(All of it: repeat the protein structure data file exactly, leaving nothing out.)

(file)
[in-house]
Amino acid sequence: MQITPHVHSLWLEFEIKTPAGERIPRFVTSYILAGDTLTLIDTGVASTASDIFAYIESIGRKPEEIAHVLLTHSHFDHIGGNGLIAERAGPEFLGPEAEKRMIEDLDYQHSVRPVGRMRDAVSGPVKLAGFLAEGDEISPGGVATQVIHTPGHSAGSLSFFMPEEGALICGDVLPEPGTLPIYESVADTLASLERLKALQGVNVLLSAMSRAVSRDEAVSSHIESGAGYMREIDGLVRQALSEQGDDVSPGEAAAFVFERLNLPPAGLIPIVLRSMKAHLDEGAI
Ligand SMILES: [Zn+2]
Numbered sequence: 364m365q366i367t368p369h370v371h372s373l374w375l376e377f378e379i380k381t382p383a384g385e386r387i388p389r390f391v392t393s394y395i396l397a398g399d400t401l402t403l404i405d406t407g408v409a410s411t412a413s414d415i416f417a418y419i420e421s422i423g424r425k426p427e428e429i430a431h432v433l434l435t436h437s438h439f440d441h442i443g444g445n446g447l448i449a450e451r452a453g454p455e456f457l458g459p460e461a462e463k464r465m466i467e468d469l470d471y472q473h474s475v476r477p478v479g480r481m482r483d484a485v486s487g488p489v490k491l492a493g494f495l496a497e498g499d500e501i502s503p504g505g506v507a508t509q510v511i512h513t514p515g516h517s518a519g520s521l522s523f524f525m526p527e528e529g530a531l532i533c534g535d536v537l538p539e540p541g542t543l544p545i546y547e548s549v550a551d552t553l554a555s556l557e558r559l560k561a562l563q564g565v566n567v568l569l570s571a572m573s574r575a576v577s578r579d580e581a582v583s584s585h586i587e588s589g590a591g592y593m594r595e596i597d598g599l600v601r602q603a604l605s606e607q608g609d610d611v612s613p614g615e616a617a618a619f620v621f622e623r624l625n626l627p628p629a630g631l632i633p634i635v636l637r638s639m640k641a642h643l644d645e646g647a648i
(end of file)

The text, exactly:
[in-house]
Amino acid sequence: MQITPHVHSLWLEFEIKTPAGERIPRFVTSYILAGDTLTLIDTGVASTASDIFAYIESIGRKPEEIAHVLLTHSHFDHIGGNGLIAERAGPEFLGPEAEKRMIEDLDYQHSVRPVGRMRDAVSGPVKLAGFLAEGDEISPGGVATQVIHTPGHSAGSLSFFMPEEGALICGDVLPEPGTLPIYESVADTLASLERLKALQGVNVLLSAMSRAVSRDEAVSSHIESGAGYMREIDGLVRQALSEQGDDVSPGEAAAFVFERLNLPPAGLIPIVLRSMKAHLDEGAI
Ligand SMILES: [Zn+2]
Numbered sequence: 364m365q366i367t368p369h370v371h372s373l374w375l376e377f378e379i380k381t382p383a384g385e386r387i388p389r390f391v392t393s394y395i396l397a398g399d400t401l402t403l404i405d406t407g408v409a410s411t412a413s414d415i416f417a418y419i420e421s422i423g424r425k426p427e428e429i430a431h432v433l434l435t436h437s438h439f440d441h442i443g444g445n446g447l448i449a450e451r452a453g454p455e456f457l458g459p460e461a462e463k464r465m466i467e468d469l470d471y472q473h474s475v476r477p478v479g480r481m482r483d484a485v486s487g488p489v490k491l492a493g494f495l496a497e498g499d500e501i502s503p504g505g506v507a508t509q510v511i512h513t514p515g516h517s518a519g520s521l522s523f524f525m526p527e528e529g530a531l532i533c534g535d536v537l538p539e540p541g542t543l544p545i546y547e548s549v550a551d552t553l554a555s556l557e558r559l560k561a562l563q564g565v566n567v568l569l570s571a572m573s574r575a576v577s578r579d580e581a582v583s584s585h586i587e588s589g590a591g592y593m594r595e596i597d598g599l600v601r602q603a604l605s606e607q608g609d610d611v612s613p614g615e616a617a618a619f620v621f622e623r624l625n626l627p628p629a630g631l632i633p634i635v636l637r638s639m640k641a642h643l644d645e646g647a648i